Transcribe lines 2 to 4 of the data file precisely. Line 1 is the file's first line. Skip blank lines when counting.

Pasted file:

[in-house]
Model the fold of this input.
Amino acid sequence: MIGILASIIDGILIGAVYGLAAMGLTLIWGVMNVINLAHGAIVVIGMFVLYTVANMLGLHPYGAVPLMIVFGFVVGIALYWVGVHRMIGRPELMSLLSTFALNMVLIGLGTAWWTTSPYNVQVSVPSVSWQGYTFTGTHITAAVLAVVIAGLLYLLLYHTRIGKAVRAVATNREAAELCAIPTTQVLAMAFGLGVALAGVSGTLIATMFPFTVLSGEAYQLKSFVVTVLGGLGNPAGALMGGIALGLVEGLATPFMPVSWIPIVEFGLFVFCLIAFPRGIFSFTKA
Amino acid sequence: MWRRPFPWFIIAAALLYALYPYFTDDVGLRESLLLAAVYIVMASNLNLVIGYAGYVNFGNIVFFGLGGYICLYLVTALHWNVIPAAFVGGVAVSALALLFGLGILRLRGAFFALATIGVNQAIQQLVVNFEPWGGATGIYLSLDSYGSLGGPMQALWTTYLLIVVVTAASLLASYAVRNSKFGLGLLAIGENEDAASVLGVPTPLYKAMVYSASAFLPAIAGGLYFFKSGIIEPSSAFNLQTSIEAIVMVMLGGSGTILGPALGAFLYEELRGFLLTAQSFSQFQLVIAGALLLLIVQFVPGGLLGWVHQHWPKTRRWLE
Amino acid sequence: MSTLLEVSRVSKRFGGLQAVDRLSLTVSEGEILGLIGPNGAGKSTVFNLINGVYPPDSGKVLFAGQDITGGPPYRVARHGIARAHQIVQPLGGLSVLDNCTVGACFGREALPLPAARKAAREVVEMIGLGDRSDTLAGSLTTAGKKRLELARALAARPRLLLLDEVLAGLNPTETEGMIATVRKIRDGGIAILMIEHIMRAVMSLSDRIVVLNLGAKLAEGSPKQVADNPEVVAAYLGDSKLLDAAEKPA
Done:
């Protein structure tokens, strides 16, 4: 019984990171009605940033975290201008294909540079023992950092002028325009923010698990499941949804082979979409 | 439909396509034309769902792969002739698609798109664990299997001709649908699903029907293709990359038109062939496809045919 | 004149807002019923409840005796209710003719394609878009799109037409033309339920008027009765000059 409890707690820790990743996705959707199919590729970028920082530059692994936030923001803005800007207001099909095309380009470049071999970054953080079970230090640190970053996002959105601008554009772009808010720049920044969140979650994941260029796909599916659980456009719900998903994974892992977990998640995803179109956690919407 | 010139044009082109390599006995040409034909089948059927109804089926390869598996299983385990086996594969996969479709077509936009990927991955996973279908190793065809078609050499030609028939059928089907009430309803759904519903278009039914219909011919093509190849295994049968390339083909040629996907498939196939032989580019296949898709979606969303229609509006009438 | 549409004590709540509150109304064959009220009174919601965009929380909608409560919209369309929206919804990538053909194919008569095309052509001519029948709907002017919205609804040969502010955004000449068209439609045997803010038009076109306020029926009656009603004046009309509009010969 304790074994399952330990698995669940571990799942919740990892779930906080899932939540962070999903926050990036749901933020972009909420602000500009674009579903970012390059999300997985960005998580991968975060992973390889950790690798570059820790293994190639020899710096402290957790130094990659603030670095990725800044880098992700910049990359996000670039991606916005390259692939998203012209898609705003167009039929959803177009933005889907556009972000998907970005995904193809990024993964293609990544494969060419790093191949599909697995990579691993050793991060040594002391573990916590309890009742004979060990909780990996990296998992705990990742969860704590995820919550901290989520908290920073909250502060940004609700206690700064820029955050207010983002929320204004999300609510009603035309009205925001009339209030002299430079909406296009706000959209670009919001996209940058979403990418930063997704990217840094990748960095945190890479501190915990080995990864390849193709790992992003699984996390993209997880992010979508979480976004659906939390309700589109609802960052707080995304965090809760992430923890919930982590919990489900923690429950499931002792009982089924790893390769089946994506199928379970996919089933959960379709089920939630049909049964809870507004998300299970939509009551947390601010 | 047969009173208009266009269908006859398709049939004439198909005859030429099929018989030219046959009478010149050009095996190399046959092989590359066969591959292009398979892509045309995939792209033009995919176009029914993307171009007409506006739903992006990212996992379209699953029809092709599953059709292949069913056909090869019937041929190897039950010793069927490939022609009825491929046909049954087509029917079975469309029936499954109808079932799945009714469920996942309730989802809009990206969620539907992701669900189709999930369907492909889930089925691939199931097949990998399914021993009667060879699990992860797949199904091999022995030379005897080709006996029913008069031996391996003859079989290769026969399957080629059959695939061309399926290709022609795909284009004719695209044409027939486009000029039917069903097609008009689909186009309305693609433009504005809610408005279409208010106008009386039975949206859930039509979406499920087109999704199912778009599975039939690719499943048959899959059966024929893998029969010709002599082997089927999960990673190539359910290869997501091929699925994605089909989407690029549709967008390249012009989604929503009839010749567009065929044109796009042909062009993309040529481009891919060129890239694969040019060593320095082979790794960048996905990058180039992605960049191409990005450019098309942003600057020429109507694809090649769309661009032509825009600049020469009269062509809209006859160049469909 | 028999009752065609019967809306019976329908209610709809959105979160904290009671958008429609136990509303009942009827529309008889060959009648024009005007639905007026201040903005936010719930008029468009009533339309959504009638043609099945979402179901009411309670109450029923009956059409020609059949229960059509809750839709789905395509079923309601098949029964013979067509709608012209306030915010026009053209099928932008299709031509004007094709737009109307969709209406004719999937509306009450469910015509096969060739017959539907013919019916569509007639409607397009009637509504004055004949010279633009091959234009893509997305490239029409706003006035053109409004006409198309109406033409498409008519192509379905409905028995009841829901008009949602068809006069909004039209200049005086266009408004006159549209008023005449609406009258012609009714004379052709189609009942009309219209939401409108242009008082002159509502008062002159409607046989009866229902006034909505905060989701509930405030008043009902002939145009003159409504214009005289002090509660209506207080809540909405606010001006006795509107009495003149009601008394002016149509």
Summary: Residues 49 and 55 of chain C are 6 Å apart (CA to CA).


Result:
Model the fold of this input.
Amino acid sequence: MIGILASIIDGILIGAVYGLAAMGLTLIWGVMNVINLAHGAIVVIGMFVLYTVANMLGLHPYGAVPLMIVFGFVVGIALYWVGVHRMIGRPELMSLLSTFALNMVLIGLGTAWWTTSPYNVQVSVPSVSWQGYTFTGTHITAAVLAVVIAGLLYLLLYHTRIGKAVRAVATNREAAELCAIPTTQVLAMAFGLGVALAGVSGTLIATMFPFTVLSGEAYQLKSFVVTVLGGLGNPAGALMGGIALGLVEGLATPFMPVSWIPIVEFGLFVFCLIAFPRGIFSFTKA
Amino acid sequence: MWRRPFPWFIIAAALLYALYPYFTDDVGLRESLLLAAVYIVMASNLNLVIGYAGYVNFGNIVFFGLGGYICLYLVTALHWNVIPAAFVGGVAVSALALLFGLGILRLRGAFFALATIGVNQAIQQLVVNFEPWGGATGIYLSLDSYGSLGGPMQALWTTYLLIVVVTAASLLASYAVRNSKFGLGLLAIGENEDAASVLGVPTPLYKAMVYSASAFLPAIAGGLYFFKSGIIEPSSAFNLQTSIEAIVMVMLGGSGTILGPALGAFLYEELRGFLLTAQSFSQFQLVIAGALLLLIVQFVPGGLLGWVHQHWPKTRRWLE